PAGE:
Credit Fed Policies For Market Boom
January 20, 1998
The stock market bull run over the past seven years -- even if it ended in October -- has been the longest ever. Economists largely credit Alan Greenspan's vigorous inflation reduction and containment policies at the Federal Reserve for increasing prosperity in the U.S. during the 1990s.
- The Dow Jones Industrial average increased by 234 percent from October 11, 1990 through 1997.
- Stock fund assets soared to nearly $2.5 trillion last year -- from only $246 billion in 1990 -- as Americans recognized the demise of inflation and pumped cash into equities.
- Producer prices actually fell 1.2 percent in 1997, the first such drop since 1986.
However, the lasting effects of President Ronald Reagan's 1980s free-market policies should not be overlooked, say observers. Paramount among these policies was slashing the top marginal tax rate from 70 percent to 28 percent.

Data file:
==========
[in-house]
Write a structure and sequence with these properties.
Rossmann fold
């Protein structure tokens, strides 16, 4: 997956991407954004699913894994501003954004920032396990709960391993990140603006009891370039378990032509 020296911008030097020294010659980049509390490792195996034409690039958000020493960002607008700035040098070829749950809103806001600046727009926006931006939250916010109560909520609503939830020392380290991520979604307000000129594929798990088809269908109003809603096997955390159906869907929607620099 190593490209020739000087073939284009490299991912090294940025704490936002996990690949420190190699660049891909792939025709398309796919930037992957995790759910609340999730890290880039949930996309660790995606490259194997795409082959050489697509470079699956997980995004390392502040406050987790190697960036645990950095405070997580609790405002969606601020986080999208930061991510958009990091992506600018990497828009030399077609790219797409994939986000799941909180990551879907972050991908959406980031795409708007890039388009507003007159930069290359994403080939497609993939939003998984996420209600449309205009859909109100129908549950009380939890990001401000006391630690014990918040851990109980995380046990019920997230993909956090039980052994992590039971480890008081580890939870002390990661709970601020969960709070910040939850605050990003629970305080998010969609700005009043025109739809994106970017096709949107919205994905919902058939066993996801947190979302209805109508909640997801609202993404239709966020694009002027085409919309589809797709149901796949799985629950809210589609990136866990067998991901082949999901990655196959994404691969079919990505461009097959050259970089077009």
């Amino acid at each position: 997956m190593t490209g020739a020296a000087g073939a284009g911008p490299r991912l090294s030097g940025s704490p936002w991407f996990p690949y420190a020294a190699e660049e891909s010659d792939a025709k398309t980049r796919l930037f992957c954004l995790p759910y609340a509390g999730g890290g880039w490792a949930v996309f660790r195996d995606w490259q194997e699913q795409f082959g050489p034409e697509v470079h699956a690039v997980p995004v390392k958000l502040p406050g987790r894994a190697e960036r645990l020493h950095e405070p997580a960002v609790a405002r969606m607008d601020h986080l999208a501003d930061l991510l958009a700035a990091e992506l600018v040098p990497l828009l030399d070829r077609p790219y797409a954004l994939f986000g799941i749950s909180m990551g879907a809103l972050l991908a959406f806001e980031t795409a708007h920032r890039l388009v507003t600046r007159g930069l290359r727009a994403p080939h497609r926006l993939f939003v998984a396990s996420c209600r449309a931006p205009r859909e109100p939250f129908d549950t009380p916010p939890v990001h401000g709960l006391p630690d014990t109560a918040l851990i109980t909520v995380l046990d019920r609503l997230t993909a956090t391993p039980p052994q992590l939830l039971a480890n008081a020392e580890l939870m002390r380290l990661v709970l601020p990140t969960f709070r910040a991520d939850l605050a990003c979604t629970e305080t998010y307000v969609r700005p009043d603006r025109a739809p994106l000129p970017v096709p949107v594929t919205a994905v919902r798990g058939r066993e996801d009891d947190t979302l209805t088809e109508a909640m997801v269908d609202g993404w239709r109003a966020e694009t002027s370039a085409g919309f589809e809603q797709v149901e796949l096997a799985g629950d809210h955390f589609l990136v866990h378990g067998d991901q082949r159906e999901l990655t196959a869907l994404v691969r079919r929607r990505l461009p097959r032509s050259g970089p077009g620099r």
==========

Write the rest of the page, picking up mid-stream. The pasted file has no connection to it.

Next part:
- Some analysts believe the current bull market really dates back to August 17, 1982 -- with stocks advancing nine-fold since then.
- Reaganomics spurred new business formations which hit a record 790,569 last year, according to Dun & Bradstreet.
- The U.S. has experienced average economic growth of 3.7 percent a year since the 1981-82 recession and a 33 percent expansion of gross domestic product.
Source: Paul Sperry, "Give Credit to Federal Reserve," Investor's Business Daily, January 20, 1998.
Browse more articles on Economic Issues